Liar, Liar Career on Fire

How far would you go to make a name for yourself? Would you deceive the ones who believe in you? Would you lie to those that trusted you? In the life of a journalist, your entire career relies on the solidity of your sources. Stephen Glass, one time reporter for The New Republic was praised for his work, just for it to be a mere fabrication of his imagination. The 2003 film “Shattered Glass,” written and directed by Billy Ray, follows Glass’ rise and fall, within his time at the publication. Shattered Glass is a good movie that delivers but may leave you scratching your head.

Hayden Christensen [Star Wars Episodes I & III, The Virgin Suicides] plays Glass at the height of his career at age 24. Christensen greatly captures Glass’ manipulative nature as he weaves his way through his office and into the pages of the in flight magazine of Air Force One. Glass’ eludes two editors, a slew of co-workers and thousands that regularly read his work, only to be stopped short by Forbes online publication.

Any journalist who has seen this movie wouldn’t think for a second to pull a move anywhere remotely close to Glass’. The film shows intently that those who do wrong, will be punished. Not by literally death, but the death of your career and the future you hope to have. It casts morals upon the audience like an Aesop fable, minus any talking animals. Glass is covering up lies with greater lies before falling on his own sword in front of those that respected him the most.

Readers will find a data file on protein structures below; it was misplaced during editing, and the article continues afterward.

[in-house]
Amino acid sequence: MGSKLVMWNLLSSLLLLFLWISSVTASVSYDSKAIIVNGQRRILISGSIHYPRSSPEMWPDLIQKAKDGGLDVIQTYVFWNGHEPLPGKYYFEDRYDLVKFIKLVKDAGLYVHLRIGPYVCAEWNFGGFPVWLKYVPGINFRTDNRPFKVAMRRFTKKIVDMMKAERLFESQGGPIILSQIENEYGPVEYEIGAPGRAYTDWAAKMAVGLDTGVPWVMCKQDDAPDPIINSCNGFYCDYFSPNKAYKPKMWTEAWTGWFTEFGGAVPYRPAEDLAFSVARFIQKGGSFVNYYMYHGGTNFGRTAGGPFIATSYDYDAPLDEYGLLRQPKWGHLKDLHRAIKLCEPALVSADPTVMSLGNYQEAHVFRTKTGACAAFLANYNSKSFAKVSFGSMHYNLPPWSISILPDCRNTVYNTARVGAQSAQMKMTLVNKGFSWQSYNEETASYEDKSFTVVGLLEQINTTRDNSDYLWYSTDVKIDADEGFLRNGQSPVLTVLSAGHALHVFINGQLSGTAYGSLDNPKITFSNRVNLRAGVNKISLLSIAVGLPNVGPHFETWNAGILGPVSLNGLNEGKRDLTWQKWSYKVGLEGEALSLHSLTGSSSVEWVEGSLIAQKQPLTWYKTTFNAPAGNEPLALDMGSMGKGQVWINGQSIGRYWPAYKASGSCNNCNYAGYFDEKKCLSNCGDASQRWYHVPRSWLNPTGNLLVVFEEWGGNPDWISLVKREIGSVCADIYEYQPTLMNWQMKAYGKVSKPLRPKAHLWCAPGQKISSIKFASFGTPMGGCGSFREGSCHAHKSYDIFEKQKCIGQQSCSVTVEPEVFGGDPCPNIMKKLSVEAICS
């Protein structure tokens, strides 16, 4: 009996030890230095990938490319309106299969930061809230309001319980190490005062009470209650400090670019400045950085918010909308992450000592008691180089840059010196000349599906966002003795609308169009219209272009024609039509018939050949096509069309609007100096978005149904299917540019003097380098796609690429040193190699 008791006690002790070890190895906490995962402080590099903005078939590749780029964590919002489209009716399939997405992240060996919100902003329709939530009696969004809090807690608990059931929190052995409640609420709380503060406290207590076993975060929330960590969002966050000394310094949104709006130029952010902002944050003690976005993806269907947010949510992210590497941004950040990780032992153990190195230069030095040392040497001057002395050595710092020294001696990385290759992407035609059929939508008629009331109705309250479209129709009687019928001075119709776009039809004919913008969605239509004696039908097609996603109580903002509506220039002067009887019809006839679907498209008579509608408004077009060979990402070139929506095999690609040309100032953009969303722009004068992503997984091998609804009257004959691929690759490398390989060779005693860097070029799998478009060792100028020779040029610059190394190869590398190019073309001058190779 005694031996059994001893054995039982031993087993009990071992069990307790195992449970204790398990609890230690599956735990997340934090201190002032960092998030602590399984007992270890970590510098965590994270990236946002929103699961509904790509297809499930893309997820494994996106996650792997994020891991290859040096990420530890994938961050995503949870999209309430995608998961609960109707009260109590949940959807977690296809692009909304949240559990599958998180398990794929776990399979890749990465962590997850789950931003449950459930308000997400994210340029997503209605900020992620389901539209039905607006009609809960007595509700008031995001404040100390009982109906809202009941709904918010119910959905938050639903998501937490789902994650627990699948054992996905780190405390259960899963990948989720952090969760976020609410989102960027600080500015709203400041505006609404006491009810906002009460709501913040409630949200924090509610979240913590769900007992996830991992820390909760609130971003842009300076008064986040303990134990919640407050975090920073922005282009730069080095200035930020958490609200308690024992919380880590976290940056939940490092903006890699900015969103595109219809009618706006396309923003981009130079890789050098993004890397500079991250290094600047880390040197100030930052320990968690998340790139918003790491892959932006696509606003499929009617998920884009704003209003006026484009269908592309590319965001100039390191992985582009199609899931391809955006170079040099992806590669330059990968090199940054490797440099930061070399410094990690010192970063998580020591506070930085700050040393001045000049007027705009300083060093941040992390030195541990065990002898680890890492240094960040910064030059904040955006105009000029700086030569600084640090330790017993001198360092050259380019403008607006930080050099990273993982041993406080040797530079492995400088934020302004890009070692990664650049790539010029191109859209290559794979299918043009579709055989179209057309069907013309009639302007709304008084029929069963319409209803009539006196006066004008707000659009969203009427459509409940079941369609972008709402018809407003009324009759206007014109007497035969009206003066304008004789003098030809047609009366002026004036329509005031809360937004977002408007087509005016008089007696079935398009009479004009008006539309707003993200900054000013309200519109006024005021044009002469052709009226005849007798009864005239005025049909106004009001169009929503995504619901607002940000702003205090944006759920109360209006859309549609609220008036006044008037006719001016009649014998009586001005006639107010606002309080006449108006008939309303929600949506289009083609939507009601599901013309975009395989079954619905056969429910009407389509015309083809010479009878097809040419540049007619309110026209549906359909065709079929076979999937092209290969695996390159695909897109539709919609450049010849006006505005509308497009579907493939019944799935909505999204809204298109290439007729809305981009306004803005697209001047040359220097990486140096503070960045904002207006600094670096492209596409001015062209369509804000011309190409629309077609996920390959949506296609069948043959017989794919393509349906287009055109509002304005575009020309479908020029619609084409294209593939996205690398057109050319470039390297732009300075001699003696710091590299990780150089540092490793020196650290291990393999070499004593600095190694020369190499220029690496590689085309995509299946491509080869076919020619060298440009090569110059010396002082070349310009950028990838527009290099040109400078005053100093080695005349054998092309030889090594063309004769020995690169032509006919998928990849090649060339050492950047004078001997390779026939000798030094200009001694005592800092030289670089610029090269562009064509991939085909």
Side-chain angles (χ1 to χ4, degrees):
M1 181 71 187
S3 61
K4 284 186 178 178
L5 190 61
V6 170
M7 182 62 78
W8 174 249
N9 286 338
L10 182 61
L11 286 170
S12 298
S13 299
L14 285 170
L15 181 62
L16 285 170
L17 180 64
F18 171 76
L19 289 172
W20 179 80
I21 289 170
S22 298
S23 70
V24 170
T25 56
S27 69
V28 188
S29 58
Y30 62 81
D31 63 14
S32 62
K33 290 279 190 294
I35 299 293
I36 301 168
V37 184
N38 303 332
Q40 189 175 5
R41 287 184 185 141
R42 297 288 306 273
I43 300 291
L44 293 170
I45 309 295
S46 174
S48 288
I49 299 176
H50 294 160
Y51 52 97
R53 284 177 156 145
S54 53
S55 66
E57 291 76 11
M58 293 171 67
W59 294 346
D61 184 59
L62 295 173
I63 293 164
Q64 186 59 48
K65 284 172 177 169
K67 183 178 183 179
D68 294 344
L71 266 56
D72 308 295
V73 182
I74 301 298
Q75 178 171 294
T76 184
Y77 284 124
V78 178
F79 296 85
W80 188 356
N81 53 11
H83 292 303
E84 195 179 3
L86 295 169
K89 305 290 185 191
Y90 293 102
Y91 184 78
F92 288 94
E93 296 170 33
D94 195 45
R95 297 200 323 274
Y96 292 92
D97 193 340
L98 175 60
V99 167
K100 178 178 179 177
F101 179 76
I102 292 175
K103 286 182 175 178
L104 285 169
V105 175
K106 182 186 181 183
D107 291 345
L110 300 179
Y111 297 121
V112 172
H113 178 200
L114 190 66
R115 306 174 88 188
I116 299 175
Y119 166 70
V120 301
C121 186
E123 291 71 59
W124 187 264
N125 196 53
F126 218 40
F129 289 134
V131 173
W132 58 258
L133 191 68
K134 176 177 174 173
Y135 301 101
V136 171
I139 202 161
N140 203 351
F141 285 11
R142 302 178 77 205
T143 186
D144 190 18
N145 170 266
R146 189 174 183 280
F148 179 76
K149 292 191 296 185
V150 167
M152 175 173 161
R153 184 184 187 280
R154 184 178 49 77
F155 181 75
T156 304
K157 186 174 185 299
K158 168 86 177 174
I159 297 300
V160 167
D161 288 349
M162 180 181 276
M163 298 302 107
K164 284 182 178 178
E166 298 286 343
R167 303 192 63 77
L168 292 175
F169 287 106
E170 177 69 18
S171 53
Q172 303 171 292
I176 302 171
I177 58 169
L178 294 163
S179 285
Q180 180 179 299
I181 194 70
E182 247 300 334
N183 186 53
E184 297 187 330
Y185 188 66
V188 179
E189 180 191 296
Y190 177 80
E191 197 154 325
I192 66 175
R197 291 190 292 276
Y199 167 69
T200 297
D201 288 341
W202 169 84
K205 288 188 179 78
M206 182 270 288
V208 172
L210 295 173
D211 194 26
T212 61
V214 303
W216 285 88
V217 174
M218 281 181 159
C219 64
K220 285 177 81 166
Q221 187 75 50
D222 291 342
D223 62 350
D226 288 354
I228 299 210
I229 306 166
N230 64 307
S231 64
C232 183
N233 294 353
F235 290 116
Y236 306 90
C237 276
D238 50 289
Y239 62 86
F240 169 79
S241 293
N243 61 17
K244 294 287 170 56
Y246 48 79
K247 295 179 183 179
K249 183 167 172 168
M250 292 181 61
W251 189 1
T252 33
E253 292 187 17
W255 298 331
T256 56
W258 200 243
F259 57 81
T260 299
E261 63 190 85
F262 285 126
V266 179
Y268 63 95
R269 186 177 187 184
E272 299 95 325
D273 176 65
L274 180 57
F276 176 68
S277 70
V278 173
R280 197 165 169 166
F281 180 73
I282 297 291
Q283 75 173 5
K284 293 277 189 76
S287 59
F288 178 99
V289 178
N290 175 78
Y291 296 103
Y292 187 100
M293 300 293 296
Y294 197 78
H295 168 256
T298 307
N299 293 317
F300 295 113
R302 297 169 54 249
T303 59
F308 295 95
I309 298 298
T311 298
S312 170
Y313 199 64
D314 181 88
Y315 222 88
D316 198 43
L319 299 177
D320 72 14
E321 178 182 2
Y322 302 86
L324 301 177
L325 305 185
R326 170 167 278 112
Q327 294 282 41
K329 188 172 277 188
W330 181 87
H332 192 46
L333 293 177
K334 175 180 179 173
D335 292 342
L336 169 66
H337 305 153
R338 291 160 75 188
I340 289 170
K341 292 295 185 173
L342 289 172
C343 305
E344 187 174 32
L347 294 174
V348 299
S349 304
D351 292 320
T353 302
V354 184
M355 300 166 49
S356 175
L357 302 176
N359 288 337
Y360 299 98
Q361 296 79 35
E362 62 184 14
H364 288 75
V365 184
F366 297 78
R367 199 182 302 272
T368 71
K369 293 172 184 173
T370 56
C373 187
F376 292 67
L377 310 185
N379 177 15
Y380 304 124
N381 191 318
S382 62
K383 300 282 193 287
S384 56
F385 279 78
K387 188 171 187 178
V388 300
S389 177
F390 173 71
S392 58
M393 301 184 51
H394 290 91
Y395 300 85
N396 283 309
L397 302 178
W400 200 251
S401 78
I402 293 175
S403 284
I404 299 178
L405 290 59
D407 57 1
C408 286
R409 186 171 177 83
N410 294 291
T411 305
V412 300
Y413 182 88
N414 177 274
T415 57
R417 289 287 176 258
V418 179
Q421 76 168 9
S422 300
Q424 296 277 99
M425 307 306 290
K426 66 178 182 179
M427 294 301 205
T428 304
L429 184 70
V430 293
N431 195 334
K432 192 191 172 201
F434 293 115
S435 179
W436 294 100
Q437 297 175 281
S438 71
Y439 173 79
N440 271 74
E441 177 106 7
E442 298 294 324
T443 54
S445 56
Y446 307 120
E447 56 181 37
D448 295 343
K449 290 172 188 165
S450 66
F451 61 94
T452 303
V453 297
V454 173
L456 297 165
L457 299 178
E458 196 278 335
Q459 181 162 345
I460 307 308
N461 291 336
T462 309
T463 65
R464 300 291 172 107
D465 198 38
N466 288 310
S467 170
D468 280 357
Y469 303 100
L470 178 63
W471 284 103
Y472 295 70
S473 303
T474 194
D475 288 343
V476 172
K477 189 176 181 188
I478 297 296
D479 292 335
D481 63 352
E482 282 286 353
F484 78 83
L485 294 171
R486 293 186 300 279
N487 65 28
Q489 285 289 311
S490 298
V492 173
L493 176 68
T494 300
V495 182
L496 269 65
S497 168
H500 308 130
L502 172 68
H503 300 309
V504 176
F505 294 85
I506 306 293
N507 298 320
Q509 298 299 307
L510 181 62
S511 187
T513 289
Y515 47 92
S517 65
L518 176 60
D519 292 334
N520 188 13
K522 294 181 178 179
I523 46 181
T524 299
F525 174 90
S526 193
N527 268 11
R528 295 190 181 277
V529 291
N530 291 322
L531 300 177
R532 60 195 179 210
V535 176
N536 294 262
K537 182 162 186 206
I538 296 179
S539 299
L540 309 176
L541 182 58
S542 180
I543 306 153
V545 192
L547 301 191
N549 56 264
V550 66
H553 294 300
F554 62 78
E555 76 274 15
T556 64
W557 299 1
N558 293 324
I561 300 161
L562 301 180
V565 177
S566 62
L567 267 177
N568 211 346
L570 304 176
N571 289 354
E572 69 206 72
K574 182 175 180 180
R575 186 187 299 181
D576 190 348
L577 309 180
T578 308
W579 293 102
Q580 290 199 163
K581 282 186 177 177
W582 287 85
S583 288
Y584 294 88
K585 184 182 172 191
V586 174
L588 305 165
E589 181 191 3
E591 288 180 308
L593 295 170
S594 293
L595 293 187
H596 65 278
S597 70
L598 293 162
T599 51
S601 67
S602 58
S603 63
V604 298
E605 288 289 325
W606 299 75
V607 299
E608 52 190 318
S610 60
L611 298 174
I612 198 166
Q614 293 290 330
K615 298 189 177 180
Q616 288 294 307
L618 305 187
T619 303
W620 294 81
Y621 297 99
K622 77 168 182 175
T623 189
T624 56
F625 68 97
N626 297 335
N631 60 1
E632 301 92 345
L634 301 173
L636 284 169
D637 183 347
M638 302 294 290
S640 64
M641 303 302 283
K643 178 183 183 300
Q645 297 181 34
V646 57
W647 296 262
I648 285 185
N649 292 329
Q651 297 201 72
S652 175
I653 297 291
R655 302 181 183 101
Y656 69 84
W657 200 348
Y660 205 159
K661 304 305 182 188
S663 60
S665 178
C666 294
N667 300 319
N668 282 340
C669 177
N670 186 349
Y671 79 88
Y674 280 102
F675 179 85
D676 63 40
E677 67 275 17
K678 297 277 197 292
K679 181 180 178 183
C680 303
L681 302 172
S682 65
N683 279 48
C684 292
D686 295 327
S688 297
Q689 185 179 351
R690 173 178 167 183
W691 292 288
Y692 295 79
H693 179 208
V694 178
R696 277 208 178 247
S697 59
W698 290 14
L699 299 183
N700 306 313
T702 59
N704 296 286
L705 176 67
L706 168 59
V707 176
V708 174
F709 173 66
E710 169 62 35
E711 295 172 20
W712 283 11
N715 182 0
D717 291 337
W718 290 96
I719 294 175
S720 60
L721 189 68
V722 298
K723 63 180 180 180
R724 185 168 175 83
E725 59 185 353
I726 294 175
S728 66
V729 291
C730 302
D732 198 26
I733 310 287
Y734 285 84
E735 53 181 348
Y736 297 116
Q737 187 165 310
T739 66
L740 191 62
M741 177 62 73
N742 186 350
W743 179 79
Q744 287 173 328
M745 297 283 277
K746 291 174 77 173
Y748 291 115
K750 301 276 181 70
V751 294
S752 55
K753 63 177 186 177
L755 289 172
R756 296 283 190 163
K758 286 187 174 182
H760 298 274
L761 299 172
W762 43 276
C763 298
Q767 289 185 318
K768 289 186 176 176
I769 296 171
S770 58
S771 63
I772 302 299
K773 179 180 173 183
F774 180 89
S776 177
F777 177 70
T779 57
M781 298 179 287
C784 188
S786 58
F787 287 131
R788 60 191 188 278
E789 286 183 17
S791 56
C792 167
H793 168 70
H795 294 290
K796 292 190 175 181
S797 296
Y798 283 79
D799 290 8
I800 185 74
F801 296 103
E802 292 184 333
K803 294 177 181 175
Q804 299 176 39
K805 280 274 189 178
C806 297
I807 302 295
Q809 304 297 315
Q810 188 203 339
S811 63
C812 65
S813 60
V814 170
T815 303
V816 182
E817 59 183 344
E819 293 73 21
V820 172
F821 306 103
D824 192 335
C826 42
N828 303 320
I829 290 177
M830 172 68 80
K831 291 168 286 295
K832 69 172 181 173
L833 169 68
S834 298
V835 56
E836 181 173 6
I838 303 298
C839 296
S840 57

The only snag in the movie has is it leaves a feeling of what happens now? Ray’s screenplay is based on Buzz Bissinger’s article that was published just after the discovery of Glass’ deception, and is detailed from beginning to end. But we see Glass being fired and meet with lawyers, but not what his life becomes afterward. Are we to infer that his life hit the crapper afterward? Or can we imagine that a pathological liar can find light at the end of the tunnel? A shadow is blanketed over the flick making us believe that it is possible to grow from the mud. The final shots show Glass alone, but whole. You aren’t shown his life to follow (that is if you skip out on the documentary that comes with the DVD).

Either way this star cast (Peter Sarsgaard, Chloe Sevigny and Hank Azaria to name a few), displays what it is like to work for a notable magazine. Sarsgaard received several awards for his capturing of Charles Lane, the Editor In Chief of The New Republic at the time Glass was revealed. His no-nonsense, thick-skinned attitude is visible even when it seems as if the entire office has turned against him. When his workers threaten to quit is Glass is disciplined, Lane maintains a cool-head, which has you rooting for his as the pure one to battle opposite Glass’ lies.

All in all, Glass’ story is not only a cautionary to journalists, but to anyone in a field that require original creativity. Either break a sweat or find a new profession.

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